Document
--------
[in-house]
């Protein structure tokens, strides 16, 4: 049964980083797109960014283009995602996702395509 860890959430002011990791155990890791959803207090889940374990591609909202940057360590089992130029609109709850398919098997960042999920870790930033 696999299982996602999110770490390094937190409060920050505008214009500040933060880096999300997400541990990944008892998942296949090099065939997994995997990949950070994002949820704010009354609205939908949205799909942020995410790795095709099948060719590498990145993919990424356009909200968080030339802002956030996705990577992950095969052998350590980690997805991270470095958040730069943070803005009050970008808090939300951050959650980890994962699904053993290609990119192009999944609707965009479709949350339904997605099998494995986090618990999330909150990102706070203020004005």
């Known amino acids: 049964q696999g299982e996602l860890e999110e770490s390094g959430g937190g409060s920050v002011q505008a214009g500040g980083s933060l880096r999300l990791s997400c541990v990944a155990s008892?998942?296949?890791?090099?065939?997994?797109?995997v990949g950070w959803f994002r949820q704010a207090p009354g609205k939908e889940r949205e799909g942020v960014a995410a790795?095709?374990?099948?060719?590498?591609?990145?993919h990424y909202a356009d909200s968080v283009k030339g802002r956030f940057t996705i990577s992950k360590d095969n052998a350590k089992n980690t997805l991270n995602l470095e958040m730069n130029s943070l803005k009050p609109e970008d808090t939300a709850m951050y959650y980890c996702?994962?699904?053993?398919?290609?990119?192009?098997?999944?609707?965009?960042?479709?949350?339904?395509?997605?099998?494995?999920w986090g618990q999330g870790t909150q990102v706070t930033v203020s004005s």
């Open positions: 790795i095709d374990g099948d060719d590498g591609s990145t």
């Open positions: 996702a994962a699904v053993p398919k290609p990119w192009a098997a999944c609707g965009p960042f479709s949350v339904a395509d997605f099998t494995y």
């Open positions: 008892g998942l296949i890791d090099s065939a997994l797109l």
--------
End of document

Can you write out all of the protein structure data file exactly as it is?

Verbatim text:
[in-house]
């Protein structure tokens, strides 16, 4: 049964980083797109960014283009995602996702395509 860890959430002011990791155990890791959803207090889940374990591609909202940057360590089992130029609109709850398919098997960042999920870790930033 696999299982996602999110770490390094937190409060920050505008214009500040933060880096999300997400541990990944008892998942296949090099065939997994995997990949950070994002949820704010009354609205939908949205799909942020995410790795095709099948060719590498990145993919990424356009909200968080030339802002956030996705990577992950095969052998350590980690997805991270470095958040730069943070803005009050970008808090939300951050959650980890994962699904053993290609990119192009999944609707965009479709949350339904997605099998494995986090618990999330909150990102706070203020004005």
């Known amino acids: 049964q696999g299982e996602l860890e999110e770490s390094g959430g937190g409060s920050v002011q505008a214009g500040g980083s933060l880096r999300l990791s997400c541990v990944a155990s008892?998942?296949?890791?090099?065939?997994?797109?995997v990949g950070w959803f994002r949820q704010a207090p009354g609205k939908e889940r949205e799909g942020v960014a995410a790795?095709?374990?099948?060719?590498?591609?990145?993919h990424y909202a356009d909200s968080v283009k030339g802002r956030f940057t996705i990577s992950k360590d095969n052998a350590k089992n980690t997805l991270n995602l470095e958040m730069n130029s943070l803005k009050p609109e970008d808090t939300a709850m951050y959650y980890c996702?994962?699904?053993?398919?290609?990119?192009?098997?999944?609707?965009?960042?479709?949350?339904?395509?997605?099998?494995?999920w986090g618990q999330g870790t909150q990102v706070t930033v203020s004005s």
């Open positions: 790795i095709d374990g099948d060719d590498g591609s990145t």
């Open positions: 996702a994962a699904v053993p398919k290609p990119w192009a098997a999944c609707g965009p960042f479709s949350v339904a395509d997605f099998t494995y």
């Open positions: 008892g998942l296949i890791d090099s065939a997994l797109l």